Date of Award

Fall 2014

Degree Type


Degree Name

Doctor of Philosophy (PhD)


Mechanical Engineering

First Advisor

Monika Ivantysynova

Committee Chair

Monika Ivantysynova

Committee Member 1

John Lumkes

Committee Member 2

Farshid Sadeghi

Committee Member 3

Andrea Vacca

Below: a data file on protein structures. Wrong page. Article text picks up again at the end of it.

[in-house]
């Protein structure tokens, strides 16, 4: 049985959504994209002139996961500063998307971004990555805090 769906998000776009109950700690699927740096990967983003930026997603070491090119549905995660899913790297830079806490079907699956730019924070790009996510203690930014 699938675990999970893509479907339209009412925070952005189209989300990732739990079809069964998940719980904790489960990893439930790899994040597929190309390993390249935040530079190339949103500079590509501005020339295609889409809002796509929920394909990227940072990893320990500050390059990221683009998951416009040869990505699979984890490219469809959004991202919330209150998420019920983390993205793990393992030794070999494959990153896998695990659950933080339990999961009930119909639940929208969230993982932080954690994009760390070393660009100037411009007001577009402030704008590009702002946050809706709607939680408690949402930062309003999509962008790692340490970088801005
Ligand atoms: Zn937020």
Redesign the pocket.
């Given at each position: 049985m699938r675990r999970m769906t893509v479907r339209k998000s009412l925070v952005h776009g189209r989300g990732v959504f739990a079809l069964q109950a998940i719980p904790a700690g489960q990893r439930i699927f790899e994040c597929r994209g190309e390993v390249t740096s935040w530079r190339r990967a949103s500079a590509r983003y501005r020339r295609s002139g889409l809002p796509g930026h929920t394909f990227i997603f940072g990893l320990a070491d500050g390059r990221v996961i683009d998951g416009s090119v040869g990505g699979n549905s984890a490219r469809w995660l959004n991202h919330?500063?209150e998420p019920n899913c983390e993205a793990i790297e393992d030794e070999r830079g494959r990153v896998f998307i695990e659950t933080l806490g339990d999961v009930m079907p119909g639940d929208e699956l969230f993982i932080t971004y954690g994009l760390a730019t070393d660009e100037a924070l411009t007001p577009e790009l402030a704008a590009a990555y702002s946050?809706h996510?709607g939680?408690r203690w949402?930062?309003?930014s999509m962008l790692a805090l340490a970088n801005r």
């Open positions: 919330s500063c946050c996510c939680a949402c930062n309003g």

Engineering of the sliding interfaces within swashplate type axial piston machines represents the most complex and difficult part of the design process. The sliding interfaces are subject to significant normal loads which must be supported while simultaneously preventing component wear to ensure long lasting operation. Proper lubrication design is essential to separate the solid bodies from each other, but the complexity of the physics involved makes this a difficult problem. This work focuses on lubrication and the resulting energy losses at the sliding interface between the slipper and swashplate. ^ To better understand the slipper lubrication performance, a numerical model has been developed to predict the behavior of a design. The numerical model considers the multi-physics, multi-scale, and transient nature of the lubrication problem by utilizing novel segmented physics solvers and numerical techniques. Partitioned solvers considering the fluid pressure and temperature distributions, structural deformation due to fluid pressure and viscous heating, as well as a solid body dynamics from transient loads have been originally developed and tightly coupled. Although the effort necessary to implement this was significant, by avoiding a more traditional co-simulation approach, high computational efficiency and model fidelity can be achieved. ^ To validate the developed numerical model, a specialized test rig was designed and manufactured. Miniature high-speed inductive position sensors were mounted inside the swashplate of a commercially manufactured pump with only minimal modifications. These six sensors measured the distance between the sensor face and the slipper land as the slipper passed over the sensor, effectively measuring the direct film thickness in real time. The thickness of lubrication represents the greatest unknown predicted by the model and provides the most rigorous validation as well as experimental insight into actual slipper operation. New slippers were installed in the test rig, measured, and then following a period of operation, were measured again. A significant change in film thickness behavior was measured due to the presence of a worn slipper surface during the second period of testing, and this same behavioral change was captured with the simulation model. ^ The developed numerical model was used to conduct case studies demonstrating the potential of virtual pump lubrication design. Slipper sensitivity to operating conditions and materials were explored. Operational changes such as slipper tipping and liftoff at high speeds were numerically observed and would serve to aid a designer in improving the robustness of a design. A multi-modeling approach using a surrogate model based upon a design of experiment study and the full numerical model explored the inter-dependence of variables in a multi-land slipper design. In particular, a decrease in total power loss while increasing the outer stabilizing land width at a constant hydrostatic balance factor was observed for low pressure operation